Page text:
A brief history of the art of soap making: Part 2
Last month I looked at the early history of soap making. I will pick up the story with the beginnings of the industrial-scale production of soap in the 1700s.
The soap-making reaction (saponification) forms glycerine, a natural emollient and moisturiser. With large-scale production soap manufacturers started to remove the glycerine from soap as they could sell it as valuable by-product, and often for more money than they could get for the soap. The glycerine was used to make the popular explosive of the day, dynamite (nitroglycerine). The glycerine was also used in cosmetics and moisturisers, which were in more demand after the moisturising glycerine was removed from soap!
Up to this time soap had simply been poured into moulds to set. A major French innovation in the early 1700s was to force the soap through spinning steel rollers to homogenise the soap to a fine-grained consistency. It was a process referred to as milling. The milled soap was then extruded and stamped into bars.
Milled soaps are dense, long-lasting and hold their shape with use. Most mass-produced bar soaps today are ‘glycerine-removed’ milled soaps.
Driven by the rationing of oils and fats during both world wars, synthetic detergents started to replace soap. In the 1950s Unilever introduced Dove, the first syndet (synthetic detergent) bar soap. It’s a combination of palm oil and tallow (beef or mutton fat) soap with various synthetic surfactants and additives. These syndet bars were promoted with extensive emotive marketing: nearly everyone knows about the one quarter moisturizing cream in Dove, but who can name what it is?!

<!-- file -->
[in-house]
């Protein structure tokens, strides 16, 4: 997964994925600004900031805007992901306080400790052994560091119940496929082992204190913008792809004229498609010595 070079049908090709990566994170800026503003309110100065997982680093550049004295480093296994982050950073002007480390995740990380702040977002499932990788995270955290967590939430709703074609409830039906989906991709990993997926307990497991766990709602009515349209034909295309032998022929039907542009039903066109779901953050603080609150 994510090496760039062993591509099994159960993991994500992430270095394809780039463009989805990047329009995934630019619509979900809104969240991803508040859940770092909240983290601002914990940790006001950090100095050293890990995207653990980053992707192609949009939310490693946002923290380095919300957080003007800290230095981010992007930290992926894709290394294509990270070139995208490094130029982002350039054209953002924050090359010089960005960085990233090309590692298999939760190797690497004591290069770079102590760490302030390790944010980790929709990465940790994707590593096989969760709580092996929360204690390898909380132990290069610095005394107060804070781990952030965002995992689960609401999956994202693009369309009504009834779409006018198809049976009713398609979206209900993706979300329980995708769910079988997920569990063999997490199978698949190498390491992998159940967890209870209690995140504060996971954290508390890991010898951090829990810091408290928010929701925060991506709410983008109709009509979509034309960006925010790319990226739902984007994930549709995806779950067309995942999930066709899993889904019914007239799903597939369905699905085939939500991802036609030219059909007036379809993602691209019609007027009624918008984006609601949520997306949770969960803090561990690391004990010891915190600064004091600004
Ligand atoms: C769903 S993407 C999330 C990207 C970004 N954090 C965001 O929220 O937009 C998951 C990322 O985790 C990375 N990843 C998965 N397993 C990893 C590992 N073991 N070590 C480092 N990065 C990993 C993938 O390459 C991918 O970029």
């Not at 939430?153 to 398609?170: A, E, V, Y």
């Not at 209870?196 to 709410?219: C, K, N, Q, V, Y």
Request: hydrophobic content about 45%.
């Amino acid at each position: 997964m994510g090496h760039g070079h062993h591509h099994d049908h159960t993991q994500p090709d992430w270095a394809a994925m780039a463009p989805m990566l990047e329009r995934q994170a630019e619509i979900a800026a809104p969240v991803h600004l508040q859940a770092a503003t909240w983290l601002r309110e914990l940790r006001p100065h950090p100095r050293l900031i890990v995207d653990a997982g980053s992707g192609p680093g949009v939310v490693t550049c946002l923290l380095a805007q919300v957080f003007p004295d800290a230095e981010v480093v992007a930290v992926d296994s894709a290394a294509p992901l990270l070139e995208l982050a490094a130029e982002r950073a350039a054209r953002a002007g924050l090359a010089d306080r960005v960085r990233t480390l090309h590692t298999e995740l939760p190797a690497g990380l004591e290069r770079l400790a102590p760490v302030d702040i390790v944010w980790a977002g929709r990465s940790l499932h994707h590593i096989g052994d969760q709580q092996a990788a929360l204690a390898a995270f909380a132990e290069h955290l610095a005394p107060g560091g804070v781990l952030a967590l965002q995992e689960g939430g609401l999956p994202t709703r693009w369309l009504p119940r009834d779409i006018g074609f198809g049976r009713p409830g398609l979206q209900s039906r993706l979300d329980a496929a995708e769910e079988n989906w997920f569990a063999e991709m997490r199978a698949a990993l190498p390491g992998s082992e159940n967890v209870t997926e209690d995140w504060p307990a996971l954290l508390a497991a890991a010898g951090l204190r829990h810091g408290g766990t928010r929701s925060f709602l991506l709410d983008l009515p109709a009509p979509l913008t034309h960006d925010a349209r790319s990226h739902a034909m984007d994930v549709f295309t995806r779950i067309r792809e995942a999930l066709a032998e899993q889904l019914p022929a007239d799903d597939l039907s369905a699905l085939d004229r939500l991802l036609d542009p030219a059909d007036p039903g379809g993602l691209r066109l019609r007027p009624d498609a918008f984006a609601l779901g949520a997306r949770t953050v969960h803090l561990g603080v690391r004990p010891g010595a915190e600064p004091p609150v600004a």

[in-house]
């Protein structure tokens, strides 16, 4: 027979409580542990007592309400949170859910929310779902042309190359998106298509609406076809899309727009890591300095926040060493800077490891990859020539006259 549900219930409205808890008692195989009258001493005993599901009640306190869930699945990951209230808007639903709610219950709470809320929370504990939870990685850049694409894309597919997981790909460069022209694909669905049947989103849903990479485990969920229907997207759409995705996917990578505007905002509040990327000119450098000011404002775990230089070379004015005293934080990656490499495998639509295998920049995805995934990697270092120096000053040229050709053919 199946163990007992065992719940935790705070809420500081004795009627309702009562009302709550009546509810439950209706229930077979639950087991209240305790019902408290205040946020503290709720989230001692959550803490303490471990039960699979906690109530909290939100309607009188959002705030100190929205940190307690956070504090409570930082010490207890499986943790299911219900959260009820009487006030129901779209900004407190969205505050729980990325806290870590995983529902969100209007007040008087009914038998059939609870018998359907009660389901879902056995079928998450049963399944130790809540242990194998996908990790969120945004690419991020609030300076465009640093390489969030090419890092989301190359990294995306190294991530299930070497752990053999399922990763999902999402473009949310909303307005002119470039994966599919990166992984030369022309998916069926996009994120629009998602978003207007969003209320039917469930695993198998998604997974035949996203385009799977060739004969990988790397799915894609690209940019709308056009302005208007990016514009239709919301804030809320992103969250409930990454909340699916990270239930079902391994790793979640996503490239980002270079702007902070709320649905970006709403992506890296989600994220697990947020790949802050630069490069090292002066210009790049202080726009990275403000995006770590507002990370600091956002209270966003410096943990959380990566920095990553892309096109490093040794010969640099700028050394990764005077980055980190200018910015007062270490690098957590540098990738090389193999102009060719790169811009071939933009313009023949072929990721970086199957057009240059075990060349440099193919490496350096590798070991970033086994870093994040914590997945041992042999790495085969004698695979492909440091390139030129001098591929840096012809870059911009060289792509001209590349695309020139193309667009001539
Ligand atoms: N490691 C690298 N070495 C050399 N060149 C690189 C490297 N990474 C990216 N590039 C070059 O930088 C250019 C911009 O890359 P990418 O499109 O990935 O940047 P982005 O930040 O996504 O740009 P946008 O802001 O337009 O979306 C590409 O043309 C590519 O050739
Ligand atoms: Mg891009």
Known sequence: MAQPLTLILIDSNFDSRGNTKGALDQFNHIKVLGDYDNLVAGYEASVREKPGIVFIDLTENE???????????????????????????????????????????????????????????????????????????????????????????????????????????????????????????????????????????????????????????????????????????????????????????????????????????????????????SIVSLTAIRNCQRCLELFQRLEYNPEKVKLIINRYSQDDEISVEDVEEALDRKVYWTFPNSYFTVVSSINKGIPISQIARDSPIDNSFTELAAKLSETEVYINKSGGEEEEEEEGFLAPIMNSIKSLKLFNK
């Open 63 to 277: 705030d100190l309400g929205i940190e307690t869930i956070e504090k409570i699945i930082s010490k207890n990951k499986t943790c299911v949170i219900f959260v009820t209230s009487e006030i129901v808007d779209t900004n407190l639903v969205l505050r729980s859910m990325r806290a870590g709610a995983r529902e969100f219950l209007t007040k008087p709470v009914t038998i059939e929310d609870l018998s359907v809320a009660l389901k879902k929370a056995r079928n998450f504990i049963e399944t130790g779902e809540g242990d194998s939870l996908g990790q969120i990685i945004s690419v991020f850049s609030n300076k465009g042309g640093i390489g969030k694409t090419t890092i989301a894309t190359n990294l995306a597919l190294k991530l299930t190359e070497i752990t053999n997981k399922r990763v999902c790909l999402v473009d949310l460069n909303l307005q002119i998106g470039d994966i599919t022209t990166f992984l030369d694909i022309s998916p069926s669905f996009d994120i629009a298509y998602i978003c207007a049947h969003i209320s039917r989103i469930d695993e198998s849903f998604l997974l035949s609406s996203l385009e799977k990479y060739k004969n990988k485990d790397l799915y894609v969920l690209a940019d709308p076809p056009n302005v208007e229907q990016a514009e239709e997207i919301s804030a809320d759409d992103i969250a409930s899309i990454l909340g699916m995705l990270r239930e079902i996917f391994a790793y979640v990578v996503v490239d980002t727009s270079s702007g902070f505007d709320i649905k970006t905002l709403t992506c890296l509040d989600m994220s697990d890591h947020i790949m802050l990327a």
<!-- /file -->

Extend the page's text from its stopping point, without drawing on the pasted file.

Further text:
Liquid soaps were made during the 1800s but became more popular in the early 1900s with the introduction of a palm and olive oil soap, appropriately named Palmolive (later to become the name of the company, and eventually Colgate-Palmolive).
However, the sale of liquid hand and body washes did not take off until reliable dispenser pumps became available in the 1980s. At that time a Minnesota soap company gained a lead over its larger competitors by buying up most supplies of the pumps! This ingenious strategy created a virtual monopoly for their Softsoap® brand. It is still sold today, though like all supermarket hand and body washes it is not actually a soap but a synthetic detergent.
Bar soap is easy to manufacture and is suited to small-scale production, though production today is dominated by the multinational companies Unilever, Colgate-Palmolive, Procter & Gamble and Johnson & Johnson. Economies of scale have reduced the cost of mass-produced soap – that and the use of palm oil (sodium palmate or sodium palm kernelate being the main ingredients in most supermarket bar soaps).